Let’s start out by throwing out there that the section of our brain (the frontal lobe) that controls things like time our ability to keep track of time, prioritize, apply previously learned information to solve current problems and yes, our ability to manage time, does not fully develop until an individual is in their mid-twenties. That being said, children are expected to do most of these things the minute the begin school, if not before.
Before beginning this entry, I wrote on a sticky note next to my desk “REMEMBER REASONABLE, REALISTIC EXPECTATIONS”. I believe this is the key when working with children to help them strengthen time management skills.
Modeling: One of my favorite sayings applies here; kids are sponges. They’re always watching, and learning from what others around them are doing
Using a timer: When asked to gauge time, I am sure 15 minutes is more like 3 minutes when your kiddo is doing something they don’t want to do. Completely the opposite when the timed activity involves something they treasure. Using a timer that will buzz, sing, DING, make some kind of noise to let everyone know HEY! TIMES UP! will help your kiddo begin to learn just how long a certain increment of time is. It also keeps everyone honest, in that if mom says only 15 minutes of game time, DING, we all know when the 15 minutes is up.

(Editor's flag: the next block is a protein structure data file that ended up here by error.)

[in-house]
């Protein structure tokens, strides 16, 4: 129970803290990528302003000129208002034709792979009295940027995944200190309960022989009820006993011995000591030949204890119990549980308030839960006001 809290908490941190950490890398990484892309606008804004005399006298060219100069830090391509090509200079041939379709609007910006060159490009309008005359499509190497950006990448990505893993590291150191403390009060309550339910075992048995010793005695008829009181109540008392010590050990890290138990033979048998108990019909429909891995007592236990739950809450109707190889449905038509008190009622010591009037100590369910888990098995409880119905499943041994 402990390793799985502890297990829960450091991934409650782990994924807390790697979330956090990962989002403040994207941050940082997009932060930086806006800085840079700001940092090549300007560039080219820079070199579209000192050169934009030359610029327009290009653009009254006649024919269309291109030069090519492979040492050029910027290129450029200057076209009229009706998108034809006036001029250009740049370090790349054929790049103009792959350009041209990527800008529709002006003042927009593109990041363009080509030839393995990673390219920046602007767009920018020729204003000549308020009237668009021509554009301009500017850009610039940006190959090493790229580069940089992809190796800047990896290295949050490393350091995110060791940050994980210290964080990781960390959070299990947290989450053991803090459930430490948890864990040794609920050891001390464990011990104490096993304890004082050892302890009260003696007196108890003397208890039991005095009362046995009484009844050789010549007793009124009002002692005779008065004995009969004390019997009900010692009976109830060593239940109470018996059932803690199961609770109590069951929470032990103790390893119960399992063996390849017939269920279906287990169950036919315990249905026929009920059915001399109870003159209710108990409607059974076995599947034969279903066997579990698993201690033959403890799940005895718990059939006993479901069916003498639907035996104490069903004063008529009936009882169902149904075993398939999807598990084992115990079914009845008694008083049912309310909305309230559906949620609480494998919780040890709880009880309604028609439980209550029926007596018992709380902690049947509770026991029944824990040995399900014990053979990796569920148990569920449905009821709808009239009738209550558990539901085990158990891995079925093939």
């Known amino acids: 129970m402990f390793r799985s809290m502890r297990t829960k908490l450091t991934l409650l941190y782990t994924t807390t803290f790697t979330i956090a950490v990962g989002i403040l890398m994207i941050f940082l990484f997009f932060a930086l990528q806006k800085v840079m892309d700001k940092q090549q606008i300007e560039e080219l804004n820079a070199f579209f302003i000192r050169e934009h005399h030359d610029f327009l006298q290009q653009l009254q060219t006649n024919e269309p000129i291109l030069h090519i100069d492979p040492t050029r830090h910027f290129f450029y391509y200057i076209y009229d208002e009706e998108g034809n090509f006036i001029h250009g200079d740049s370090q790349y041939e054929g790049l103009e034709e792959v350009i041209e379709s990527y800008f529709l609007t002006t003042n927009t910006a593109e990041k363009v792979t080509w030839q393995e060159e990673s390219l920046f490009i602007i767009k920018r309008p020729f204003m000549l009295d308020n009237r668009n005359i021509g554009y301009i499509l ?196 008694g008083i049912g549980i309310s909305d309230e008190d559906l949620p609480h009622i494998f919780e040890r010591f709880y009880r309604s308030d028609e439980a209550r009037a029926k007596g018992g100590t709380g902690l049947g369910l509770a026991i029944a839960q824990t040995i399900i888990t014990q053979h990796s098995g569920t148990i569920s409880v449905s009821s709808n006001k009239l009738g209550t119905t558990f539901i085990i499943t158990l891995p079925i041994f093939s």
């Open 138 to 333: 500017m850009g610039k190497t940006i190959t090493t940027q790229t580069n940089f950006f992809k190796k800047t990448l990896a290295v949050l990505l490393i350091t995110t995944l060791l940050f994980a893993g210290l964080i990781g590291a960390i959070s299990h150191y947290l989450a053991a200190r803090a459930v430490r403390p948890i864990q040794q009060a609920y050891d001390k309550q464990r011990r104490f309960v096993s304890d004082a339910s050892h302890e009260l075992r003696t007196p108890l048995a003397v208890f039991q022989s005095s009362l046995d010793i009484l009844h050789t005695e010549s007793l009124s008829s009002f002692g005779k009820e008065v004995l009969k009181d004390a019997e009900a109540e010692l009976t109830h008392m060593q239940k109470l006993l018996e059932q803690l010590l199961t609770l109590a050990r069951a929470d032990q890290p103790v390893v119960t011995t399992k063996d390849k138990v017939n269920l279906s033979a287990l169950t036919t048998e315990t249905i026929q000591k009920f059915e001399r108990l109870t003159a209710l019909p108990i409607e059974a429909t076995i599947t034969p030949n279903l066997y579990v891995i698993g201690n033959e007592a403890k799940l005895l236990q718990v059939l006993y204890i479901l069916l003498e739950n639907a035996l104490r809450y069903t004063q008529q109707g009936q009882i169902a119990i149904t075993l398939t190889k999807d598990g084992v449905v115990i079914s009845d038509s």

Increments of 15: Piggy backing off of the using a timer bullet point, using smaller increments of time for younger kiddo’s, or kiddo’s who really struggle to get tasks done in the allotted amount of time can be helpful. For example, Elizabeth is struggling to get ready for bed in a reasonable amount of time. Instead of setting the timer for 45 minutes, which is the total amount of time it should take to do a number of activities like, take a shower, brush her teeth, comb her hair, put on her clothes etc., it may be more helpful to set the timer for 5 minutes for the shower, 2 minutes for teeth brushing, 5 minutes for hair brushing and styling…whatever it takes.
Using increments of time can help at any age. It’s a great time management tool for homework time as well. Adding in a small reward for each time increment that is reached productively without getting off task, and you’ve got a winner!
Written reminders: My favorite time management tool! NOTES! Get creative here, if your kiddo struggles with their bathroom routine (seriously, it’s been an hour, I can hear the water running…what are they doing in there!?) tape their routine to the mirror. Step 1. Brush teeth Step 2: Comb hair…and so forth. When initiating this step, make it a game! Create a routine for yourself and have a race, who can complete all of their tasks, correctly the quickest. This concept can be applied to any